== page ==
The authors also described several biosecurity applications and techniques horse owners could use more frequently to benefit individual horse health and help protect the industry from infectious diseases. Some of those diseases include equine influenza, salmonella, strangles, and equine herpesviruses (especially types 1 and 4 and the neurologic form of equine herpesvirus—equine herpesvirus myeloencephalopathy, or EHM).  

The survey results indicated 76.3% of respondents owned one to five horses. Owners were the primary decision-makers for their horses’ medical care (91.6%). Veterinarians ranked highest (98.8%) as horse owners’ sources for infectious disease information.  

What We Learned 

Topics the researchers found horses owners could be better educated about to help prevent infectious/contagious disease spread include: 

  • Reliance on temperature monitoring. 
  • Risks of horse mingling. 
  • Isolation of new horses at facilities. 
  • Event entry requirements, such as vaccination and health certificates.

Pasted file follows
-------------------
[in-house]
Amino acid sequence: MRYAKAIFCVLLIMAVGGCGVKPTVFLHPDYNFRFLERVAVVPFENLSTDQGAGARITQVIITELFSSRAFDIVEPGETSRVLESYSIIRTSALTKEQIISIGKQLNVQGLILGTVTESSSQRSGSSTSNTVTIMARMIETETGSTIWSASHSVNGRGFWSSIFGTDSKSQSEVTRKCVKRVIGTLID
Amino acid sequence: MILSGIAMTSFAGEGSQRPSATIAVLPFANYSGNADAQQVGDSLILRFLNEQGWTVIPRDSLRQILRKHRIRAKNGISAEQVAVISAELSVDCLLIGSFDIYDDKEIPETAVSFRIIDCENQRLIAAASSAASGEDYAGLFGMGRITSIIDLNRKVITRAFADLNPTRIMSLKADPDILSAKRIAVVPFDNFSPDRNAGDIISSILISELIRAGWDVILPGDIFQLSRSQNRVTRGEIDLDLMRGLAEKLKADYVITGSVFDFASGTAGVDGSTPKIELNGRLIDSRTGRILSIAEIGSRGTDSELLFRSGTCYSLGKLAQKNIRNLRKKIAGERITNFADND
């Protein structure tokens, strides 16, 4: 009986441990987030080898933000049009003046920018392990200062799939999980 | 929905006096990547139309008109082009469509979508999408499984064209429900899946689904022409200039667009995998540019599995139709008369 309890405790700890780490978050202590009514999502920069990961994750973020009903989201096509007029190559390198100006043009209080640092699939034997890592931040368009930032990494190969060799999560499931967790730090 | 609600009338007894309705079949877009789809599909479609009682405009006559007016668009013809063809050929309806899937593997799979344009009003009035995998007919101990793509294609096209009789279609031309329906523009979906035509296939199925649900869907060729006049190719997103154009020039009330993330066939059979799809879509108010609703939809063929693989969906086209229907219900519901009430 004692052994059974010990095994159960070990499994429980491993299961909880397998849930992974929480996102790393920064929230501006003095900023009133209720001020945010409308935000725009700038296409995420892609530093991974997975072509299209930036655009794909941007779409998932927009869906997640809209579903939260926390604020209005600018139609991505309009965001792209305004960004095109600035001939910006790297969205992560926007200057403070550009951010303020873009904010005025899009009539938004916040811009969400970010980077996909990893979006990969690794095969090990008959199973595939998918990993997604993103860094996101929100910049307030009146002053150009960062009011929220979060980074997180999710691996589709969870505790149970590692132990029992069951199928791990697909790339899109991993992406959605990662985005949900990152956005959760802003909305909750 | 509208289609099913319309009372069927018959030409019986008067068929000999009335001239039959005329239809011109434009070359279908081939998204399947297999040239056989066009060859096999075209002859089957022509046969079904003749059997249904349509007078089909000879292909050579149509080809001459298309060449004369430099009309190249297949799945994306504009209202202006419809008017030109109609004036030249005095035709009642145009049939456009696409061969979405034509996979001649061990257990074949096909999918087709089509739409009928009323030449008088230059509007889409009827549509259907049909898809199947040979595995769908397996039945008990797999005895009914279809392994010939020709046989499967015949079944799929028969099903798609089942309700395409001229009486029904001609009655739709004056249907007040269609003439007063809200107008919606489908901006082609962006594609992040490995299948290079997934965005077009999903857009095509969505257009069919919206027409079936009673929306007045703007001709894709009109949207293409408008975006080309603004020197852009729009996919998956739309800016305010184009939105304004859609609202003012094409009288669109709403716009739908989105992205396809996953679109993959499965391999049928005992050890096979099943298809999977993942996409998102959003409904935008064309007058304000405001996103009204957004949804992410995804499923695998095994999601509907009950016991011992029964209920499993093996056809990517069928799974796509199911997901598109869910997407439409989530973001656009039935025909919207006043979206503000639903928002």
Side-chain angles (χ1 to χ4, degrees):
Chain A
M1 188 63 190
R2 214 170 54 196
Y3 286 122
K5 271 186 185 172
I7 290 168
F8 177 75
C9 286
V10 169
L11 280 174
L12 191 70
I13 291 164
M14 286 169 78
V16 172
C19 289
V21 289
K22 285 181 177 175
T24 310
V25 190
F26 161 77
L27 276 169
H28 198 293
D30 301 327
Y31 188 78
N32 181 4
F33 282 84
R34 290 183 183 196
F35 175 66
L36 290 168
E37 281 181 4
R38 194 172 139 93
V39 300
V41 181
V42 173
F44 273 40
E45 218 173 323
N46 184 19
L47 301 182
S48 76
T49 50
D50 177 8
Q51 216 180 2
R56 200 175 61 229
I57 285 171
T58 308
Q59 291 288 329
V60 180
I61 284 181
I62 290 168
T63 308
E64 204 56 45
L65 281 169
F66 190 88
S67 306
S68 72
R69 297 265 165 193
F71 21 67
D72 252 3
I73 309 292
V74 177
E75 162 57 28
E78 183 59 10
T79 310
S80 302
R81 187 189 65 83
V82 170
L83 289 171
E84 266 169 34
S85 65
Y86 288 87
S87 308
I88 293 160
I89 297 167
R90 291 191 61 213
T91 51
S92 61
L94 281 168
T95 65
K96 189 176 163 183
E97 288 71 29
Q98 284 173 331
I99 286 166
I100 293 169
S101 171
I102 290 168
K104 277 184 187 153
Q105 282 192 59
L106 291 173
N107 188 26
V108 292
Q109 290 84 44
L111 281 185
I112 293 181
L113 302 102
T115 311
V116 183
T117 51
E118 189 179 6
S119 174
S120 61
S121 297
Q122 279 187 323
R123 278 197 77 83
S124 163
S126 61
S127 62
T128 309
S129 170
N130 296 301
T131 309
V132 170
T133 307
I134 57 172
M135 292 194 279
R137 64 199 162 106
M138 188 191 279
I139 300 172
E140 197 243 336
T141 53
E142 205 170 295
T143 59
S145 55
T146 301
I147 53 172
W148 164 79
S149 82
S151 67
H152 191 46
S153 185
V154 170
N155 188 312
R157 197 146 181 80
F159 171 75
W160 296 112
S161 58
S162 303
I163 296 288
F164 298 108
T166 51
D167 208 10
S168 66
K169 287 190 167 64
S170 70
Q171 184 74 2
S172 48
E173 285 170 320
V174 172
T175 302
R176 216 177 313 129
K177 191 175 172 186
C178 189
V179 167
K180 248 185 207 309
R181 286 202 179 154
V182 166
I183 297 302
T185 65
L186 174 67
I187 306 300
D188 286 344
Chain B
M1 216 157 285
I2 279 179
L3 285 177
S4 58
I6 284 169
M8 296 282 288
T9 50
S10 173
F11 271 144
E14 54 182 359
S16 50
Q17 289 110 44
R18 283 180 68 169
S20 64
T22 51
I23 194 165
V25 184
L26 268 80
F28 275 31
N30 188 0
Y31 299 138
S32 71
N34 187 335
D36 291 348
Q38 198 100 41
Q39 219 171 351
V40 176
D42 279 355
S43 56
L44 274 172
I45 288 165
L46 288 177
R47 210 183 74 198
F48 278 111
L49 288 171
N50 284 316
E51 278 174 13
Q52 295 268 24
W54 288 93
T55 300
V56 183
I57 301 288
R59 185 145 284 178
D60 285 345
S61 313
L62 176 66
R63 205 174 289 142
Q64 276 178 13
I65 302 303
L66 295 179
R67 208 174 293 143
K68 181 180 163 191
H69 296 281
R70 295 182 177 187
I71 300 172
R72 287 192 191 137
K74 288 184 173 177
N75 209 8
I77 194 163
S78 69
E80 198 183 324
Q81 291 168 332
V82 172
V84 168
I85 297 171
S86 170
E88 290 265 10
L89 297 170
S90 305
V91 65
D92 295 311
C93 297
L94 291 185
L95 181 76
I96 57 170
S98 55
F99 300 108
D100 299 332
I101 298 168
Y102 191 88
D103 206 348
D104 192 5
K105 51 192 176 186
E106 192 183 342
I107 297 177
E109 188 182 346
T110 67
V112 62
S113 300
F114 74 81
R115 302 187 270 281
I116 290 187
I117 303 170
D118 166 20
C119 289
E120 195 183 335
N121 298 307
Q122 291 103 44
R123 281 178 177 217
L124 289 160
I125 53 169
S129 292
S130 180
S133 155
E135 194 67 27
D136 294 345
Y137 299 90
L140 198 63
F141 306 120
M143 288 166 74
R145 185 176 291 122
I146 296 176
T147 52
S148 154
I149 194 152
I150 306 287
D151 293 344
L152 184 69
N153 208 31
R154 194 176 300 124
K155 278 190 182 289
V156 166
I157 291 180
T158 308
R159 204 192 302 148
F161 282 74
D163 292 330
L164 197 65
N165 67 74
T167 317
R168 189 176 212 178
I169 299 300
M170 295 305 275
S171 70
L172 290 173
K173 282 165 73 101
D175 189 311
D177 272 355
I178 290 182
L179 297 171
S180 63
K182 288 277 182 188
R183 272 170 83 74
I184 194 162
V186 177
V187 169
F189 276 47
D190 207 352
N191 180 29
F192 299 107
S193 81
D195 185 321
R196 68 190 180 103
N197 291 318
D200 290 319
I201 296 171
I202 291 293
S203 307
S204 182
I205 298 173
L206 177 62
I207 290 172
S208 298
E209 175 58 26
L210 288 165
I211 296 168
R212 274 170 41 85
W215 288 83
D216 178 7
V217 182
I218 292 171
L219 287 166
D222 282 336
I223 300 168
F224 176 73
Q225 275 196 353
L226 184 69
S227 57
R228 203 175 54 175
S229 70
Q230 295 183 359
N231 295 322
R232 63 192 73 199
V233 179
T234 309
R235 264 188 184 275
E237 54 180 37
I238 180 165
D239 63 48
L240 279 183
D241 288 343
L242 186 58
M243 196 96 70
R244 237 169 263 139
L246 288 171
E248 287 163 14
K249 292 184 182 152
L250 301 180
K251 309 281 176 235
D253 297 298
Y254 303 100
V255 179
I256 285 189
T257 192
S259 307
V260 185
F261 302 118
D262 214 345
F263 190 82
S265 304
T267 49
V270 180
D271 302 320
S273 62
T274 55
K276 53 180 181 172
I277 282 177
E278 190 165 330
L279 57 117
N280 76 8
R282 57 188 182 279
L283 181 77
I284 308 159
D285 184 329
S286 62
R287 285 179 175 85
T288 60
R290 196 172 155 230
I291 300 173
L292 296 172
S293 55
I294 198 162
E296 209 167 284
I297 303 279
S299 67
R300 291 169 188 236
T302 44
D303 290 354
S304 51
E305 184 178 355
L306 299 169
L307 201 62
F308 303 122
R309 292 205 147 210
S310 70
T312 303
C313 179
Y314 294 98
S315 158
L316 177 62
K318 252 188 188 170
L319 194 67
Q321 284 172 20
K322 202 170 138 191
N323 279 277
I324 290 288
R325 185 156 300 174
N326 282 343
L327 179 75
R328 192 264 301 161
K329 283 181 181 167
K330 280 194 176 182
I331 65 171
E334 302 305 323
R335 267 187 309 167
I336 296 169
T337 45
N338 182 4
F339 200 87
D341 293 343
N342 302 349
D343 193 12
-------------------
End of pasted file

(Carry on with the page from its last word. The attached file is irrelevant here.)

• Biosecurity plans for facilities and events where horses co-mingle. 

These recommendations were based on owner responses to survey questions on these topics. Below we summarize the responses to understand the priority owners currently put on these management procedures and why improvements are needed to protect individual horses and the industry. 

Temperature monitoring: What prompts an owner to take a horse’s temperature? 

  • 96.9% take a temperature when a horse has a cough/nasal discharge. 
  • 85.4% take a temperature when a horse has hard breathing. 
  • 81% take a temperature when a horse does not eat all of its feed. 
  • 41.2% take a temperature when a horse returns from travel or exposure to nonresident horses. 
  • 30.5% take a temperature when a horse is at a competition to monitor its health. 
  • 29.9% take a temperature when a horse is getting ready to travel. 
  • 1.2% don’t take a temperature for any of these situations.